That’s another thing. I have to teach from a textbook. Which I’ve never done!! It’s so hard to figure out what to do when you’ve never done it and don’t have anyone holding your hand. I really like Haing Ran, but her advice was, “Do 10 minutes of warm-up, then do the book work for 10 or 15 minutes, then a game” which I had gotten from the girl who’s place I took. HR also told me to go over the key expressions and lesson focus. I’m not sure what I’m expecting, but I wish I had an example lesson I could watch just to figure out how to frame the things I’m supposed to be teaching. That has been really hard. It’s knowing the framework and how to actually teach what I’m supposed to teach.
So, though Wednesday morning was the hardest I’ve had so far, by the end of the day, I felt amazing and productive and like a sparkly unicorn and isn’t it grand how I live in Korea and everything is pretty!? And on Thursday morning, I felt similarly. Kind of. It was my first day at my second school and I had to take the bus to get there. Wolpyeong (WP) is located near the city hall in central Namgu which is about a 25 minute bus ride. I got to WP after a stressful bus ride – I was so scared I’d miss my stop, but it all went okay! – about 15 minutes early. I met my co-teacher at WP and her name is Park Sae Byeol (SB). She is so sweet! She took two years off and this is her first time being someone’s main co-teacher. She doesn’t have a good handle on English as HR, but she is more worried about making a good impression and was super cute. At first, I was turned off because she didn’t really give me any direction. If WP were my main school, I would have felt completely in the woods, but because of MS, I knew where the laptop was and how to plug it in and felt comfortable going through all the drawers of my desk finding the textbooks and started looking through them. SB never introduced me to the principal or Vice Principal, but I was ushered to the long staff table and was told to say a few things to all the teachers. I introduced myself (again) in Korean, “Hello, it’s nice to meet you, my name . . . blah blah” and again, they were so surprised and shocked and again, I got a huge round of applause. SB was shocked, too, because I hadn’t told her I knew any Korean and she had stood up, ready to translate for me. It was pretty funny and I think I made a really good impression. She told me later that she was impressed with my pronunciation. After all that, she showed me my classroom which is MUCH nicer than Munsu’s AND it has a smartboard. I can just tap on it and the screen progresses to the next slide. SO COOL. WP has a lot fewer students than MS so there were less desks and the room was bigger and cleaner. Things were newer, too. Again, I didn’t take pictures of it, so I will add those later. But here’s a few pictures of the outside of WP:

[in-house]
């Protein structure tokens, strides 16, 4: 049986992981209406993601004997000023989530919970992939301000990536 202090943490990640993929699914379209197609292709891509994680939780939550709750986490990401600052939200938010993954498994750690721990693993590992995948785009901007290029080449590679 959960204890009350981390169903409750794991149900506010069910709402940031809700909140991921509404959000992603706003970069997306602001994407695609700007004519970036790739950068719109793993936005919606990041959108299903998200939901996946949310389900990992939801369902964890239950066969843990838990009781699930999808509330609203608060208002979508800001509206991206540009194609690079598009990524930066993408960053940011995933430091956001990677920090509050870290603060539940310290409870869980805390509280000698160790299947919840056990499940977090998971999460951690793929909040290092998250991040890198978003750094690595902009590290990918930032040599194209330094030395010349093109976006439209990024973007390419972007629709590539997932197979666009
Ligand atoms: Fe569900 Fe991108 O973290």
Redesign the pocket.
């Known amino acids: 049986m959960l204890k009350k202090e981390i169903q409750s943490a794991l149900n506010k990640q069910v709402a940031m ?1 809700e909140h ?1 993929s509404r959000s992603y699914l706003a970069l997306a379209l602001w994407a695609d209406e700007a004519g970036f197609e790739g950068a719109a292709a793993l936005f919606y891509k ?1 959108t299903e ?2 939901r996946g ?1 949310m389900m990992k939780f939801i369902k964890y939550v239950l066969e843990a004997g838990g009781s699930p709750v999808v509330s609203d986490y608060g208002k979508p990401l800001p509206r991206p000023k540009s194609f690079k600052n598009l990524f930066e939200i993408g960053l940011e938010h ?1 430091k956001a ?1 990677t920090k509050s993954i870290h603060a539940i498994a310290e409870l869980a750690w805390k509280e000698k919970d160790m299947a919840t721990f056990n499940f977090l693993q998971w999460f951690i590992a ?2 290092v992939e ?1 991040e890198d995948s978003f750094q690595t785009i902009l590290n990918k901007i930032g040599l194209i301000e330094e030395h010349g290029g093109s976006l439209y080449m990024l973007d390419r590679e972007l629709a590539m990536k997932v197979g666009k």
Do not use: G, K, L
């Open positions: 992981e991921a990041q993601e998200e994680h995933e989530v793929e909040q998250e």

My classes were two 2nd grade boys classes and one 2nd grade girls class. Gah, again with these rowdy 2nd grade boys. I just can’t believe how crazy they are. The girls were precious, though. I had English club at lunch. It’s fun because they are watching Mulan and so, I just got to watch a movie with them for 20 minutes. The English club is made up of about 12 3rd grade students who are going to an English high school next year, so they sign up for English club to get more practice since I don’t teach 3rd graders. I got some lesson planning done yesterday in all my free time.
Last night, I was so tired, I watched some K-Dramas and went to bed at 9:30. FINALLY WE’RE AT FRIDAY.